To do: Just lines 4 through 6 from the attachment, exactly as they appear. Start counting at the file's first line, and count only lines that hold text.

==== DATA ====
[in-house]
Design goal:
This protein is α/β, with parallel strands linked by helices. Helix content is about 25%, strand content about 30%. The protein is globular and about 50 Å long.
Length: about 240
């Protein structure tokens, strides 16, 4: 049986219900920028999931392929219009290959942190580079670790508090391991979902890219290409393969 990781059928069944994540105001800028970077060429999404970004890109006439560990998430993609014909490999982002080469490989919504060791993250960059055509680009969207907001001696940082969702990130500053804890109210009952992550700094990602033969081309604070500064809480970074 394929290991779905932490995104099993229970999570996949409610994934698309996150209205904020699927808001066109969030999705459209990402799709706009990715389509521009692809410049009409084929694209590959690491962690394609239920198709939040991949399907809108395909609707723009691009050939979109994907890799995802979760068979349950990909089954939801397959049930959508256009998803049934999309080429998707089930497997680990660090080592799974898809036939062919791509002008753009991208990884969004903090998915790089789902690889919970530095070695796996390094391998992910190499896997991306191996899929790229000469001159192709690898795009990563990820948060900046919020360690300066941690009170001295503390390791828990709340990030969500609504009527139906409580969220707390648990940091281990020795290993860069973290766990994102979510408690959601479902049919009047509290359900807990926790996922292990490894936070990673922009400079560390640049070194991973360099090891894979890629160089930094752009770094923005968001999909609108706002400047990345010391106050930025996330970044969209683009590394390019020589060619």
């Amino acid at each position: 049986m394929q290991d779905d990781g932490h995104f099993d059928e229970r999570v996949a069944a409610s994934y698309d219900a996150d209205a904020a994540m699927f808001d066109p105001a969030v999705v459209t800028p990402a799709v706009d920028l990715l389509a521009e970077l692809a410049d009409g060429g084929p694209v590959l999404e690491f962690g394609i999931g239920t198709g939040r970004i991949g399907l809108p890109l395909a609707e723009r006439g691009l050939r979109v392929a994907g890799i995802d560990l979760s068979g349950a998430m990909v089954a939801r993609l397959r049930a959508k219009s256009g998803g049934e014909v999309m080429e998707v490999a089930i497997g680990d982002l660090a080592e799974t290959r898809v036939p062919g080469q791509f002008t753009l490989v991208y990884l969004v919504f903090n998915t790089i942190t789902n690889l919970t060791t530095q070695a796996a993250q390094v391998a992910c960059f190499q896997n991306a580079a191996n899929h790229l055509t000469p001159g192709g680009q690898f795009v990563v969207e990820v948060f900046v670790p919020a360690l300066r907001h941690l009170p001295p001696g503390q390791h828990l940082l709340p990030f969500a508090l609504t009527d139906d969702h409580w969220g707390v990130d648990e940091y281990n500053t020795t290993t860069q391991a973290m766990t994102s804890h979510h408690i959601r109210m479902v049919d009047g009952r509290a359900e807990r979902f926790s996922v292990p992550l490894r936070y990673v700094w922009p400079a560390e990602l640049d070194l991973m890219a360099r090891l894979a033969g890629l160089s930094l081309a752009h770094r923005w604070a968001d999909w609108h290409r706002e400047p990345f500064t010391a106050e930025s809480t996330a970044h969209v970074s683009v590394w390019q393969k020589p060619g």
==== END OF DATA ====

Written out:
Length: about 240
């Protein structure tokens, strides 16, 4: 049986219900920028999931392929219009290959942190580079670790508090391991979902890219290409393969 990781059928069944994540105001800028970077060429999404970004890109006439560990998430993609014909490999982002080469490989919504060791993250960059055509680009969207907001001696940082969702990130500053804890109210009952992550700094990602033969081309604070500064809480970074 394929290991779905932490995104099993229970999570996949409610994934698309996150209205904020699927808001066109969030999705459209990402799709706009990715389509521009692809410049009409084929694209590959690491962690394609239920198709939040991949399907809108395909609707723009691009050939979109994907890799995802979760068979349950990909089954939801397959049930959508256009998803049934999309080429998707089930497997680990660090080592799974898809036939062919791509002008753009991208990884969004903090998915790089789902690889919970530095070695796996390094391998992910190499896997991306191996899929790229000469001159192709690898795009990563990820948060900046919020360690300066941690009170001295503390390791828990709340990030969500609504009527139906409580969220707390648990940091281990020795290993860069973290766990994102979510408690959601479902049919009047509290359900807990926790996922292990490894936070990673922009400079560390640049070194991973360099090891894979890629160089930094752009770094923005968001999909609108706002400047990345010391106050930025996330970044969209683009590394390019020589060619």
């Amino acid at each position: 049986m394929q290991d779905d990781g932490h995104f099993d059928e229970r999570v996949a069944a409610s994934y698309d219900a996150d209205a904020a994540m699927f808001d066109p105001a969030v999705v459209t800028p990402a799709v706009d920028l990715l389509a521009e970077l692809a410049d009409g060429g084929p694209v590959l999404e690491f962690g394609i999931g239920t198709g939040r970004i991949g399907l809108p890109l395909a609707e723009r006439g691009l050939r979109v392929a994907g890799i995802d560990l979760s068979g349950a998430m990909v089954a939801r993609l397959r049930a959508k219009s256009g998803g049934e014909v999309m080429e998707v490999a089930i497997g680990d982002l660090a080592e799974t290959r898809v036939p062919g080469q791509f002008t753009l490989v991208y990884l969004v919504f903090n998915t790089i942190t789902n690889l919970t060791t530095q070695a796996a993250q390094v391998a992910c960059f190499q896997n991306a580079a191996n899929h790229l055509t000469p001159g192709g680009q690898f795009v990563v969207e990820v948060f900046v670790p919020a360690l300066r907001h941690l009170p001295p001696g503390q390791h828990l940082l709340p990030f969500a508090l609504t009527d139906d969702h409580w969220g707390v990130d648990e940091y281990n500053t020795t290993t860069q391991a973290m766990t994102s804890h979510h408690i959601r109210m479902v049919d009047g009952r509290a359900e807990r979902f926790s996922v292990p992550l490894r936070y990673v700094w922009p400079a560390e990602l640049d070194l991973m890219a360099r090891l894979a033969g890629l160089s930094l081309a752009h770094r923005w604070a968001d999909w609108h290409r706002e400047p990345f500064t010391a106050e930025s809480t996330a970044h969209v970074s683009v590394w390019q393969k020589p060619g």